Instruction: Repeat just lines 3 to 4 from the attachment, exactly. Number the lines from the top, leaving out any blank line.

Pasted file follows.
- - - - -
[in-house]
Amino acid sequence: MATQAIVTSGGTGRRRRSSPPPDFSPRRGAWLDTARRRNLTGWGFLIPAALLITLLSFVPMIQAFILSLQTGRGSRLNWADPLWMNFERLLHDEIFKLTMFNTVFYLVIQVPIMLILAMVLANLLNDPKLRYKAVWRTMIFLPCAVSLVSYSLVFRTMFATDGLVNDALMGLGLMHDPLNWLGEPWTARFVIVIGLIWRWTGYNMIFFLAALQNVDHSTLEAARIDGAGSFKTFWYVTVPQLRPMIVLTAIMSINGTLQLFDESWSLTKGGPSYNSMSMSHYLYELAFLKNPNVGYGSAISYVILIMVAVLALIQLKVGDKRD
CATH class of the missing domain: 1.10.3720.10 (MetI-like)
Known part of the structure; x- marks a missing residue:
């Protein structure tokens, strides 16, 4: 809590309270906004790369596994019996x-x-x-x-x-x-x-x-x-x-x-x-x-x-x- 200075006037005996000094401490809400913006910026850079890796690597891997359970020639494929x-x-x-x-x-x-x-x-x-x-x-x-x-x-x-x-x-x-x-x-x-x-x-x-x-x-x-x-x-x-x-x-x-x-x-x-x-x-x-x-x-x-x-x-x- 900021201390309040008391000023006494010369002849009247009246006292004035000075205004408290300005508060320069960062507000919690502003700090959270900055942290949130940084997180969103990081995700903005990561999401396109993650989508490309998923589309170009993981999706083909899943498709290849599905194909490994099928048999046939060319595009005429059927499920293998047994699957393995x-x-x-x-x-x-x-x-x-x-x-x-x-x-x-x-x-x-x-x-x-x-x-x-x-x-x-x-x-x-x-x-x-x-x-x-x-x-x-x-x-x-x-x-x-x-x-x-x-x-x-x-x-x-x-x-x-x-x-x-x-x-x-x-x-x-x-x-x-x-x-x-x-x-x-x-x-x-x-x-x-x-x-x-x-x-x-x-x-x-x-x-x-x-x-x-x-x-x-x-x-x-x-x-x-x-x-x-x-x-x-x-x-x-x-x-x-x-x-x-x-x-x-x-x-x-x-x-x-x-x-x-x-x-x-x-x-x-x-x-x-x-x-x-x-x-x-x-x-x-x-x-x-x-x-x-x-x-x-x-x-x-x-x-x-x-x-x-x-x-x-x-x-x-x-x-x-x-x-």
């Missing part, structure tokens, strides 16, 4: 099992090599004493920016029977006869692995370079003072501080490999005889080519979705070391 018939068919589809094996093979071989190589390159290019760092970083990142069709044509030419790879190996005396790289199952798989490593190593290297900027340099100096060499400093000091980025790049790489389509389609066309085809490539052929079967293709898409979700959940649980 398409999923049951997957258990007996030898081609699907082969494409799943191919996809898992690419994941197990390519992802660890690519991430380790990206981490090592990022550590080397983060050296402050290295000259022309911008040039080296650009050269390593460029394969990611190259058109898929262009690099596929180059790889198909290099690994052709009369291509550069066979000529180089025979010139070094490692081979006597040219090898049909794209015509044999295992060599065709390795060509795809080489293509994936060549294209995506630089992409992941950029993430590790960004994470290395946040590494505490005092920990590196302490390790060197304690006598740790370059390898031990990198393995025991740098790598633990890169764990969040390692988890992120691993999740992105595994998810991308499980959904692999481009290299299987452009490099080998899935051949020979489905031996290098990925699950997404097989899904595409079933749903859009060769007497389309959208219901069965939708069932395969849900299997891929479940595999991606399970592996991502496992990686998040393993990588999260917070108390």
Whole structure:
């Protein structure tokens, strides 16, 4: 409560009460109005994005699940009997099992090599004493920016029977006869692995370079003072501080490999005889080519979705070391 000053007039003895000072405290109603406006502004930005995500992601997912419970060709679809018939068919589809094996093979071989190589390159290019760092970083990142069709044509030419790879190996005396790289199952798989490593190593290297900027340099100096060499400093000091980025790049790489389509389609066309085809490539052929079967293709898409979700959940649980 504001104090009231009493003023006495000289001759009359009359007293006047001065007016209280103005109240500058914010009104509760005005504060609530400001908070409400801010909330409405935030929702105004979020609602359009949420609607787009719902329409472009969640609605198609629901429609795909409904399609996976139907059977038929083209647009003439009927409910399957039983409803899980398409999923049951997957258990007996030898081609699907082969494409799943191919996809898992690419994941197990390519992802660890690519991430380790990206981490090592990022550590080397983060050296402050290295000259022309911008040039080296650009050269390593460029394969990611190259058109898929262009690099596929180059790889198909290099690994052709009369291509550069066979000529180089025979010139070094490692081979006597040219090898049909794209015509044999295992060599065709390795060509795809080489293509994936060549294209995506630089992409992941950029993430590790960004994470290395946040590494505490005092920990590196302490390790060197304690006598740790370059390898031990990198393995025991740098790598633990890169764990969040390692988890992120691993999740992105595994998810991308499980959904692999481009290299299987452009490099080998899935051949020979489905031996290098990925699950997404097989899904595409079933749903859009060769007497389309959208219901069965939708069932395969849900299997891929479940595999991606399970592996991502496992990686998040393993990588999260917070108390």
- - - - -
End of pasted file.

CATH class of the missing domain: 1.10.3720.10 (MetI-like)
Known part of the structure; x- marks a missing residue: